Monday, January 9, 2012

Rose Maintenance 2

Pruning roses to maximize flower vitality and production is both a skill and artistry, like all pruning is. The way a plant is shaped comes down to effective pruning, the amount of flowers it produces, and the type of rose bush/shrub you have.

With Shrub roses, having the maximum number of healthy blossoms can produce a stunning display of color and beauty, especially if you have fragrant roses. 45 degree pruning cuts, right above the lateral bud on the stalk, produces bushes like the one below. 1/3 to 1/2 of the new growth, dead and damaged canes, and spindly branches are your targets. Proper nutrients are also necessary! This also controls the shape of your shrub.

Spreading roses should have more shape pruning, due to the fact they produce blooms on both old and new growth.Cut back to make the shrub uniform above the buds on the branches is the most effective and healthy way to produce a vibrant plant.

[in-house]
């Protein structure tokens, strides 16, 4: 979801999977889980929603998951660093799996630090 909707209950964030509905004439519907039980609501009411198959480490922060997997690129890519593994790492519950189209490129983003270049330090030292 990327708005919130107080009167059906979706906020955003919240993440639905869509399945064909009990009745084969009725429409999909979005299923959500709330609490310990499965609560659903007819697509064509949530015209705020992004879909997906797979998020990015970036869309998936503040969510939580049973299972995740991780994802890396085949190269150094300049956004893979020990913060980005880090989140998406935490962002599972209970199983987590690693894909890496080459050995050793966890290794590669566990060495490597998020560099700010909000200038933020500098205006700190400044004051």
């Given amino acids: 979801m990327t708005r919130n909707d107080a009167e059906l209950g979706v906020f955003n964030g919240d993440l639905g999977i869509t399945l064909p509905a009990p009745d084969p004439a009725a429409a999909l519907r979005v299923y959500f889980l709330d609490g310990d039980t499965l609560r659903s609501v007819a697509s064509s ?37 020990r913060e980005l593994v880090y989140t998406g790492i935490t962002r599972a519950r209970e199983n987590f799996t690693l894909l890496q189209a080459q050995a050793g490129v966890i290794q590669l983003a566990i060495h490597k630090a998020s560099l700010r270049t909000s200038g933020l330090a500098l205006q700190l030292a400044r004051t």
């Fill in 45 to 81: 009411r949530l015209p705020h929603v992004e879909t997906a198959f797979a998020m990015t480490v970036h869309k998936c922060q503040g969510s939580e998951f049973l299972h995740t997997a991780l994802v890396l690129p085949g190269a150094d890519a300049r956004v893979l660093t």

With climbing roses, you must determine if it is a spring blooming plant, or one that blooms almost year round. Most blooms come from the lateral canes, so pruning out the weaker canes allows a vibrant cane to grow. Shaping occurs within this context as well.

Pillar roses produce tall, somewhat flexible canes - a cross between the bush and the climbers - and produce flowers on a consistent basis with minimal lateral training. Pruning should be much like the shrub rose.

Tree (standards) roses should be pruned much like the shrub rose; they probably need staking to bear the weight of the canopy.

Old Roses are usually divided into two categories,

  • species native to Europe and western Asia (spring flowering)
  • species native to eastern Asia (repeat flowering plants)

Old Roses are noted for their fragrance. Many of the modern roses (see the last blog) are the foundations of hybrids coming from Old Roses, working at making them more "landscape friendly."

Remember, now is the time to spray weeds, clean and sharpen your tools and reduce your watering. A deep watering once a week helps establish a strong root system. There are numerous organizations to help with more detailed information.

If you are buying a new shrub, here is a link from the Mesa-East Valley Rose Society for roses that do best in Arizona: Roses for Arizona.

You can always call us at (520) 751-0232 for more information, check our website, Ground Effects Landscaping, or find us on Facebook at Ground Effects Landscaping.

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